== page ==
For many years one of the easiest ways to see a vintage bus in action was to visit the Triton fountain roundabout at City Gate Square outside Malta’s capital, Valetta. Models not used anywhere else on Earth were still providing routine services around the island and used the roundabout as a bus terminal.
It was an open secret that Malta was a sort of Cuba for buses instead of vintage cars. Bus-spotters from across the globe would head to the bus terminal outside Valetta’s ancient walls to catch sight of British Bedford buses from decades past while locals were boarding the very same buses to get to work.
The first time I recall Malta’s buses changing, their exterior colour went from green to yellow while the fleet remained exactly the same. From summer 2011, not only did their livery change from yellow to a muddy aquamarine, but the fleet changed too. Maltese buses had been privatised. 400 independently licenced drivers that owned, maintained, and customised their vehicles had a new boss.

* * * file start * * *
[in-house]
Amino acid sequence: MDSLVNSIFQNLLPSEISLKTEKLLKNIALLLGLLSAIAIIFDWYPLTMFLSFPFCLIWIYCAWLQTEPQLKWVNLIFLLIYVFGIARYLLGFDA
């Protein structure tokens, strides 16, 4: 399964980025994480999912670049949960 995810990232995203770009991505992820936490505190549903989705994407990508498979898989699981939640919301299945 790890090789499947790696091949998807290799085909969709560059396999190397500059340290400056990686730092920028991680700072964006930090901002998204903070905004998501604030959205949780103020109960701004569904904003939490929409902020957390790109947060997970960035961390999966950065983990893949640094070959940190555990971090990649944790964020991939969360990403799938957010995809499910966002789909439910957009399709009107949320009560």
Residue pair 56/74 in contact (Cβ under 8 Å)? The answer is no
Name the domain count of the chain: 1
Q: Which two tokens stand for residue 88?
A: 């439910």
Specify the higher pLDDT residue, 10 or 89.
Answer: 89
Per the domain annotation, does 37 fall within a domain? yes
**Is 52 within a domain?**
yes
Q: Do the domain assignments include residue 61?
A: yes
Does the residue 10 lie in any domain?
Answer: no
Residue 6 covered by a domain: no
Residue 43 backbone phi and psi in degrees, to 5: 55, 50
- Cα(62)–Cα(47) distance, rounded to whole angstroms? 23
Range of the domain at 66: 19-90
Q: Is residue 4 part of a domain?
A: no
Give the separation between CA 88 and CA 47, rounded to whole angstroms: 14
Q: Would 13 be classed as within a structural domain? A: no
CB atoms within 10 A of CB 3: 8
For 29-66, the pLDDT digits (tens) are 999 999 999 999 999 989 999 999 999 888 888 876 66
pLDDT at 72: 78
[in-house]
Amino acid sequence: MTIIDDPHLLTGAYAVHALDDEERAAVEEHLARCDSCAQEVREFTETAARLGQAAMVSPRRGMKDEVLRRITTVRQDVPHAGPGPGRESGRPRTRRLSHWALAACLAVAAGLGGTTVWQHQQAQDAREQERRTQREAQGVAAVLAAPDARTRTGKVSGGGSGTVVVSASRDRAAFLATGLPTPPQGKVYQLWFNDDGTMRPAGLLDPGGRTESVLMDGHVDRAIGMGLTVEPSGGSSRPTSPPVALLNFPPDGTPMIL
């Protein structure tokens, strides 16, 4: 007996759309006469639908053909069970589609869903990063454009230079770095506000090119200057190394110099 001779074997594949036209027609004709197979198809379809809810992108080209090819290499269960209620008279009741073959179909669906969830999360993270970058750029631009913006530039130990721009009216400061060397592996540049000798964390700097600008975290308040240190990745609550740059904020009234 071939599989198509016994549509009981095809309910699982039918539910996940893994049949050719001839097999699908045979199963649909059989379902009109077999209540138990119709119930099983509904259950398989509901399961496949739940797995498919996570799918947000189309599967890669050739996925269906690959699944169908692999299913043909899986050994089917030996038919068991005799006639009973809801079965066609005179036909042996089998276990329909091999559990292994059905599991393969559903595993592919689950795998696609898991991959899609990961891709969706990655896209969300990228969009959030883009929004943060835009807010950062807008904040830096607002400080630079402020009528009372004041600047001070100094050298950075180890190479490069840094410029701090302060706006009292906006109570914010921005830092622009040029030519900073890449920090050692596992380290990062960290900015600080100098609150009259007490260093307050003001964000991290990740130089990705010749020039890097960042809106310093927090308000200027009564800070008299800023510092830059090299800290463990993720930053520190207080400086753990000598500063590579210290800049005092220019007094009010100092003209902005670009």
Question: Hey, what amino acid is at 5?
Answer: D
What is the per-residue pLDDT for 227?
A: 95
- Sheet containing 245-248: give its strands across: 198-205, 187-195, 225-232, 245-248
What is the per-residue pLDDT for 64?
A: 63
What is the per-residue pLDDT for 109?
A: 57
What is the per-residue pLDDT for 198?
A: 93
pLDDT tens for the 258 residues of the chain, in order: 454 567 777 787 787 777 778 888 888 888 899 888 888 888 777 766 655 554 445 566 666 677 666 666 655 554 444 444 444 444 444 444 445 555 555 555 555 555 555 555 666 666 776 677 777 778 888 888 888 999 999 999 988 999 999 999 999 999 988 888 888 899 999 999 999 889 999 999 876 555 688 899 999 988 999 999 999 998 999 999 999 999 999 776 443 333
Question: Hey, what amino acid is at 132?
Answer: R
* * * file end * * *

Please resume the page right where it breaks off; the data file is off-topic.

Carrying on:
For more Malta bus images than you can shake a stick at visit: www.maltabybus.com
Photos of their buses used to be pinned above drivers where cut outs of page three topless models probably should have been. The system of driver-ownership meant each bus acted as an individual bus company pocketing profit (hence the numbers crushed aboard in the good old days) and responsible for upkeep (hence the lack of much of this). To ensure buses travelled the more unused routes, a rota system was used.
Though privatisation is undoubtedly good news for the environment and passenger comfort (if not the passenger wallet) it changes forever the feel of the island’s only land-based public transport network. No longer will aging buses belching thick diesel fumes be taken home by their driver-owners to be parked up on side streets outside houses like any other private vehicle.